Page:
Lessons from a Marathon

Dec 02, 13 Lessons from a Marathon

The Penang Bridge International Marathon 2013, which was held recently on 17 Nov 2013, was a personal milestone of sorts for yours truly, as it was my first ever attempt in the Half-Marathon category (21km). Incidentally, that also happened to be my longest ever run so far.

I signed up for this year’s run with the original impression that it would be held at the soon-to-be-completed Second Penang Bridge. However, no thanks to the collapse of a ramp at the Batu Maung Interchange during its construction, which claimed one life and injured three others, the authorities decided to move the event back to the first bridge for this year, as a precautionary measure. Anyway, it was still an enjoyable and challenging run for me nonetheless, despite having to go through a pain barrier as I limped across the finishing line.

In the end, I managed to complete the run in a little less than 3 hours; nowhere near the top finishers obviously, but at least with the personal satisfaction of being able to achieve a personal target that I have set for myself before the run.

Anyway, below are some useful lessons and takeaways that I would like to share from this marathon event, which can also be applied in daily life:

  1. Just enjoy the moment. A marathon is a journey, not a destination. Do not worry about the little things like how long more before you reach the finishing line, or how come there’s still such a long way to go. It takes both physical and mental strength to complete a marathon. Worrying about such matters would only hold you back and makes it even harder for you to finish the race. Keep a clear mind throughout the journey and just enjoy the run. Listening to some music as you run would certainly help.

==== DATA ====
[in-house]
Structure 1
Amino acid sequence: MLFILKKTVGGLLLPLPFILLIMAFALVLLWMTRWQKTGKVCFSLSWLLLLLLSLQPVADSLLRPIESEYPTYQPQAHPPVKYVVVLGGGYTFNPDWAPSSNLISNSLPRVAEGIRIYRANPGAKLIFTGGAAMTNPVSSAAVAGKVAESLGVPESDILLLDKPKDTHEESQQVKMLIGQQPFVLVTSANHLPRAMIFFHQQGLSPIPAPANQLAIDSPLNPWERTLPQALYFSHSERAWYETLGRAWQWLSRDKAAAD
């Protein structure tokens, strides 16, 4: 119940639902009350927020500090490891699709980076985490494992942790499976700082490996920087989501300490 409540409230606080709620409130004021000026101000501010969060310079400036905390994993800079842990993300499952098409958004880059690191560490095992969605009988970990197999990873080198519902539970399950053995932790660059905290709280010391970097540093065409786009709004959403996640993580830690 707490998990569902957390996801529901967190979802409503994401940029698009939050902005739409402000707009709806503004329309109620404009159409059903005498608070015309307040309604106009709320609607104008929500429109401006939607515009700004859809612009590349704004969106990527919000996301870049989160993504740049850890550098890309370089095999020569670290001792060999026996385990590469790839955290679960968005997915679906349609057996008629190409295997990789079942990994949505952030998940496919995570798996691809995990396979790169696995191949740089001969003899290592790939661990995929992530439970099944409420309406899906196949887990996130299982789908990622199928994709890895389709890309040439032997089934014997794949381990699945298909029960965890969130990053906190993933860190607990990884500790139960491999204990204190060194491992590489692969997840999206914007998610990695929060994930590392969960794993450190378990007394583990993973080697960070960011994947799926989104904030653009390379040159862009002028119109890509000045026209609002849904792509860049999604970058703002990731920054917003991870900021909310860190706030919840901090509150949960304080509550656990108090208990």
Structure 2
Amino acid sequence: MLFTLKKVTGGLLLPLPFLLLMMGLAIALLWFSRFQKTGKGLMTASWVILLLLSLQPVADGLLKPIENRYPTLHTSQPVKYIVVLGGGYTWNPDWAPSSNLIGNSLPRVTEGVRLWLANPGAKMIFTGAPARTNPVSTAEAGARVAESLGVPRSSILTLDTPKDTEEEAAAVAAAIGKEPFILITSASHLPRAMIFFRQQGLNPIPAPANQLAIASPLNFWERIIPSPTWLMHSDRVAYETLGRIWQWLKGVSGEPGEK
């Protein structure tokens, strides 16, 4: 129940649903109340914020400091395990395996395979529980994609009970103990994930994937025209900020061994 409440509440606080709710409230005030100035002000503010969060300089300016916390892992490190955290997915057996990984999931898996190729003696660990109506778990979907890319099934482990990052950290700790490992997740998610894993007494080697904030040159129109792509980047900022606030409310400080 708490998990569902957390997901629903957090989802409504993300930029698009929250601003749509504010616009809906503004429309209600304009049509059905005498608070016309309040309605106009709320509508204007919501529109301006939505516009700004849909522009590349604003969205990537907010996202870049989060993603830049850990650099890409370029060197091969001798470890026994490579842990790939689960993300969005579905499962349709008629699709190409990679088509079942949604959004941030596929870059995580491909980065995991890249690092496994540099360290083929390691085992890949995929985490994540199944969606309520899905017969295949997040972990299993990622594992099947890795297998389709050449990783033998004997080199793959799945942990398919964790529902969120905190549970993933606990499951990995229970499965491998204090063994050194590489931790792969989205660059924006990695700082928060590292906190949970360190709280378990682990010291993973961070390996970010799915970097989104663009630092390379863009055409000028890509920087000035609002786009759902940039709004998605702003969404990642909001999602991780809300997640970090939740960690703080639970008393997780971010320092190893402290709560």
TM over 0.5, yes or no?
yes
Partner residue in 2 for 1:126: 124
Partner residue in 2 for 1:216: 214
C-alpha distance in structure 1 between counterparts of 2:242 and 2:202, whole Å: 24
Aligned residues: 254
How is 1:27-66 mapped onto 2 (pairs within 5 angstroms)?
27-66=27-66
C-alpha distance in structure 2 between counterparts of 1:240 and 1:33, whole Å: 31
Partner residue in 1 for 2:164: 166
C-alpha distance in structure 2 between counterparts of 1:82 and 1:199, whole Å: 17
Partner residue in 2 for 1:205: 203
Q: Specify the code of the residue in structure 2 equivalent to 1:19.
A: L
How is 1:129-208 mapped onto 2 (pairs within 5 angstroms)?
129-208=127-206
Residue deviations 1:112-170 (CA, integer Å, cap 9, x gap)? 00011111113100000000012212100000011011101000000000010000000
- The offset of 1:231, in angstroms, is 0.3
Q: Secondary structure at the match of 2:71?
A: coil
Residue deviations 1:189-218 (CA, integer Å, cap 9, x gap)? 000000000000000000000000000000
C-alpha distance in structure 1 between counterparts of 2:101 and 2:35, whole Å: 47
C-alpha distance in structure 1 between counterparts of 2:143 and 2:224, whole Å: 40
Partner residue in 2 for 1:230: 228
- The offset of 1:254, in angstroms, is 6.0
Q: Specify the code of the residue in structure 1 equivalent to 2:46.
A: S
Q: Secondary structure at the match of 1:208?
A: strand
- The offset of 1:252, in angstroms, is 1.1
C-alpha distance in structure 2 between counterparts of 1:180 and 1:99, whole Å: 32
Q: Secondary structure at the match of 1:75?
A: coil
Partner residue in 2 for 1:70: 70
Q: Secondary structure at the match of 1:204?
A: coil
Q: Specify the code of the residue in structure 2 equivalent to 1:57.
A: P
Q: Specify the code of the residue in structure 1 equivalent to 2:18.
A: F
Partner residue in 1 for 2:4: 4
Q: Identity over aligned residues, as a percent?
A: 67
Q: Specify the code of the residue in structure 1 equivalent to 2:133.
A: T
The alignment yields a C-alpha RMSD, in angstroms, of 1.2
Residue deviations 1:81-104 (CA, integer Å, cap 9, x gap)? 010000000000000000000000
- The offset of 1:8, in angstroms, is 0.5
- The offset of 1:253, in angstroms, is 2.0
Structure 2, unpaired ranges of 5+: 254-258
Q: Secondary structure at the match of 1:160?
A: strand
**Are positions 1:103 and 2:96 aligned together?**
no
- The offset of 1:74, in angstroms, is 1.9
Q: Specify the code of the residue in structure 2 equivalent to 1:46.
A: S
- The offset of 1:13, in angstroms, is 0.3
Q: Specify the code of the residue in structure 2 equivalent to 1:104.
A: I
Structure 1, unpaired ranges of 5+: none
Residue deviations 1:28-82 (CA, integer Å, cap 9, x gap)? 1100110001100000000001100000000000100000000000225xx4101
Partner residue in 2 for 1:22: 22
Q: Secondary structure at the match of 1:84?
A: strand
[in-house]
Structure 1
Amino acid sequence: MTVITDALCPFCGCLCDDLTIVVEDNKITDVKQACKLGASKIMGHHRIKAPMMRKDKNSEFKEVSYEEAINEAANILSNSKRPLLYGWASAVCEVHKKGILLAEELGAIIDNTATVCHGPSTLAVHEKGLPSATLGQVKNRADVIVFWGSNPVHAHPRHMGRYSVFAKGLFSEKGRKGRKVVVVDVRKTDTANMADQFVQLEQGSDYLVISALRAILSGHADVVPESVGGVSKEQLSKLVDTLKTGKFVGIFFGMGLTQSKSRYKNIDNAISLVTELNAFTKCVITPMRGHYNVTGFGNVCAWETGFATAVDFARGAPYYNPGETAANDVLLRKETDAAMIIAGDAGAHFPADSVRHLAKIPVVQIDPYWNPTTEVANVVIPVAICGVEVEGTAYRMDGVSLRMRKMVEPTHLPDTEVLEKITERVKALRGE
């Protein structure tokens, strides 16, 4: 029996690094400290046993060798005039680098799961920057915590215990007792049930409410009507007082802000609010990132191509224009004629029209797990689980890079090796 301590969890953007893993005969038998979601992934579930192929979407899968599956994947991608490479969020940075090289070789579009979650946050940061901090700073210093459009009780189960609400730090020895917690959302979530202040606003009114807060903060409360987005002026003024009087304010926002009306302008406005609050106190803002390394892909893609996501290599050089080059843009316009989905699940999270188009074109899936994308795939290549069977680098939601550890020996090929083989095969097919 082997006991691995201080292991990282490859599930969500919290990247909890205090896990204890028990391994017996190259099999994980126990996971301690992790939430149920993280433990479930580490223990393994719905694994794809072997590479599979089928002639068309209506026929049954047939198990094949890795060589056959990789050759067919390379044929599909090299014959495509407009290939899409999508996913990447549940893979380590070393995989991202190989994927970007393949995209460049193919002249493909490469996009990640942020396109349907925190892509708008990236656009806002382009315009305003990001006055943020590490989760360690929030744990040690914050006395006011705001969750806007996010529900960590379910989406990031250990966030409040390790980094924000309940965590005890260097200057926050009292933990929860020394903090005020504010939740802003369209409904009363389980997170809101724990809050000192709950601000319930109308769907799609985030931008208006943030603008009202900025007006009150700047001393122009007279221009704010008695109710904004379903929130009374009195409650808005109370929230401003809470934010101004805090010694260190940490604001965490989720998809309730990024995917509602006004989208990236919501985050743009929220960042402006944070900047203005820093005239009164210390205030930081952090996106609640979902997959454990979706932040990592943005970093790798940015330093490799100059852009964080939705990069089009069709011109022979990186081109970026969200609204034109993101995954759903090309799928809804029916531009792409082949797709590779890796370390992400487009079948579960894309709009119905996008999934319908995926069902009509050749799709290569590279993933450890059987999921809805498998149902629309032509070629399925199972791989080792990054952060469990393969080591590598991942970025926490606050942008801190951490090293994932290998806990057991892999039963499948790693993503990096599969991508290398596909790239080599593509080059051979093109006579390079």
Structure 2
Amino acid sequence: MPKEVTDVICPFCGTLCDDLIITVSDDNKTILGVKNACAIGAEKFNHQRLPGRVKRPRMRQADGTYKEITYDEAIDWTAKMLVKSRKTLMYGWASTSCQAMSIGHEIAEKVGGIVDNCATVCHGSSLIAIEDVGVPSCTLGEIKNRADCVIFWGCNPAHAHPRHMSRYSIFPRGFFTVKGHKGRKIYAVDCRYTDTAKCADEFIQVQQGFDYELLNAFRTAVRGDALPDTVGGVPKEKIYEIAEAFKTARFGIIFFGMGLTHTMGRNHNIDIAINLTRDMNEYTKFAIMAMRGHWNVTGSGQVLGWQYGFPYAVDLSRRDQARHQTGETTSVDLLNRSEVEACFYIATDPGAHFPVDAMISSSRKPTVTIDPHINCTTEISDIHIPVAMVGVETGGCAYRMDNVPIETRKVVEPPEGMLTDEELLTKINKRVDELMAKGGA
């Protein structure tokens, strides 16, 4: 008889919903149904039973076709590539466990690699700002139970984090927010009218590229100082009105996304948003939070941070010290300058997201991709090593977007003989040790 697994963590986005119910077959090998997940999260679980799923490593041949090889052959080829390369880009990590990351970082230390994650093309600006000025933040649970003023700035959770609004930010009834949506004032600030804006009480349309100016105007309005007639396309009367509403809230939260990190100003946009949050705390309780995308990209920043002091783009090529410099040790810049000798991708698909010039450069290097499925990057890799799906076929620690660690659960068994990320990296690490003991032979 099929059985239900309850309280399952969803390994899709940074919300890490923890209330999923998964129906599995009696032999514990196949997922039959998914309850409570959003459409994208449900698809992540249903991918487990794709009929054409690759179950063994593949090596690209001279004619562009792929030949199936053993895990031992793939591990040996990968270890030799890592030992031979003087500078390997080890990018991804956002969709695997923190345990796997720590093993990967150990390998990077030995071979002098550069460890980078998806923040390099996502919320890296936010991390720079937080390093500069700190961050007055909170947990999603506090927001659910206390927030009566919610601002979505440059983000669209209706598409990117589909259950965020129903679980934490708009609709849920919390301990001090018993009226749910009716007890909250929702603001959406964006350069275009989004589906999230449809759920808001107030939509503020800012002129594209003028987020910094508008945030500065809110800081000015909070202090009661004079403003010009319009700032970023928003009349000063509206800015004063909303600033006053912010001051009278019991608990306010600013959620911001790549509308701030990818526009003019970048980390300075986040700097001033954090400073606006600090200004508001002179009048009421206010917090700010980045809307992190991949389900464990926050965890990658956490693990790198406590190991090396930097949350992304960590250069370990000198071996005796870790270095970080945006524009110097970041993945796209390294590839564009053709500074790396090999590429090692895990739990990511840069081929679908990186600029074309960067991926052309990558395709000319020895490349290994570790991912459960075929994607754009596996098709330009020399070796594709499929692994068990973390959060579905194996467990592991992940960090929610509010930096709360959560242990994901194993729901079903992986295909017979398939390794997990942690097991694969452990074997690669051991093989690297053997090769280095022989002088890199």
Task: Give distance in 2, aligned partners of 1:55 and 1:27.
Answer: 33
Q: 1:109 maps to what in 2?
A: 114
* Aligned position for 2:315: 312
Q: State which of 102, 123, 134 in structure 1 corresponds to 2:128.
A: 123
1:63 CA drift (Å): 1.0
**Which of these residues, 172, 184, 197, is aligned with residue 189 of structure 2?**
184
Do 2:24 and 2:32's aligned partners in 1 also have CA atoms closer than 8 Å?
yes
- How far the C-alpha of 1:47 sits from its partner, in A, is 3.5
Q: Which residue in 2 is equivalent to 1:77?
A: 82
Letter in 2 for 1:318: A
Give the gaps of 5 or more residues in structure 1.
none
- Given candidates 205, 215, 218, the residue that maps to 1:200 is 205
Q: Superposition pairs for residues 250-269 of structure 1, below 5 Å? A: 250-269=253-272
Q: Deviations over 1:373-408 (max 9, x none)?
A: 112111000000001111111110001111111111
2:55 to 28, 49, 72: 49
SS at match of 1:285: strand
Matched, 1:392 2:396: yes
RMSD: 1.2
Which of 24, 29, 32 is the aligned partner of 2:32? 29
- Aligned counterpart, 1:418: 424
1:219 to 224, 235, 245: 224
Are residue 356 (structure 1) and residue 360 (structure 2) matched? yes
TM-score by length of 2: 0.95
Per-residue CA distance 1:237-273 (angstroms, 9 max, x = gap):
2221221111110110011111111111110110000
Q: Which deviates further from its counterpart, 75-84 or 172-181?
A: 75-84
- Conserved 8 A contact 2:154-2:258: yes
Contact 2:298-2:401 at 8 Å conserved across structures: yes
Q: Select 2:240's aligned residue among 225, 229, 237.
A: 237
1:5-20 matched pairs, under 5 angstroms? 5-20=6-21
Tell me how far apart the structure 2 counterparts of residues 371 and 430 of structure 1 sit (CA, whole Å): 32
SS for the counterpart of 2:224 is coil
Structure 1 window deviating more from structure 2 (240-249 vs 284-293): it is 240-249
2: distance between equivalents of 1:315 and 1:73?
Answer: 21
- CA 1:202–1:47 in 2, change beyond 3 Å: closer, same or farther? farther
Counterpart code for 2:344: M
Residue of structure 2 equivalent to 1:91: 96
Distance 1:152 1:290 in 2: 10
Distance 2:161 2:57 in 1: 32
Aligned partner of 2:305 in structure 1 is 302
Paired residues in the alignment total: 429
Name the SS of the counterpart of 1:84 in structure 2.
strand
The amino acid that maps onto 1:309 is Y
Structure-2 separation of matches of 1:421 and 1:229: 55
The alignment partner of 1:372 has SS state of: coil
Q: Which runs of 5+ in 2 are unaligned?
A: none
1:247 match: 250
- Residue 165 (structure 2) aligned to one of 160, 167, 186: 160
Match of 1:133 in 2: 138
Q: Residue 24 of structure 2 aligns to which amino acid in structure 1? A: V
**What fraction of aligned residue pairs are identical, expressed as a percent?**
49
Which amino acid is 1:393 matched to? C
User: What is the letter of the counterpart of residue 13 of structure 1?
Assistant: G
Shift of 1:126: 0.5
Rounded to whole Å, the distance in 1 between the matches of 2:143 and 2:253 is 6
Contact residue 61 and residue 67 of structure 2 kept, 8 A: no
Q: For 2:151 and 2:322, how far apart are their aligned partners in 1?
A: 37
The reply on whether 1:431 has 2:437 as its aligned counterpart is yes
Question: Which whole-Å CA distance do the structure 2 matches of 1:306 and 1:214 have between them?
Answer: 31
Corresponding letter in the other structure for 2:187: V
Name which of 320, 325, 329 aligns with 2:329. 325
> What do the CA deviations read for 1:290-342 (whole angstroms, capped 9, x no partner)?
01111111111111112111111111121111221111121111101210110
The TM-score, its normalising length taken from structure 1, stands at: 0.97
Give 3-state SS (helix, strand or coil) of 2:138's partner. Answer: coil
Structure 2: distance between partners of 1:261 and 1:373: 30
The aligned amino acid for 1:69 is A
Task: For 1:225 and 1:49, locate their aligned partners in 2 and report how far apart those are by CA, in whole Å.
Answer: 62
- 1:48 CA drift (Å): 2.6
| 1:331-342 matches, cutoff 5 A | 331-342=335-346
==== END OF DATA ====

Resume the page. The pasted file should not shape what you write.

2. Prepare yourself for it. Running a marathon or a half-marathon is not like the jog routine that you normally do during your weekly exercises. You are technically running at least half the perimeter of the Penang island! As such, you need to prepare yourself for it, not just physically but also mentally as well (as mentioned above). Train your endurance by running at least half or three-quarters of your marathon distance in preparation for the run. By preparing yourself well you can brace yourself for an enjoyable and less tiring run.
  3. Above all, do not give up. When the going gets tough, the tough gets going. Since you have signed up for this, make it worthwhile! I went through almost the entire second half of the race with pain in my legs, to the extent that I had to walk nearly the entire stretch of the highway leading back to Queensbay where the finishing line is. And once you reach the finishing line and look back at the medal that you have collected, you will definitely feel a strong sense of accomplishment!


A group photo of some PSDC staff and students after the marathon

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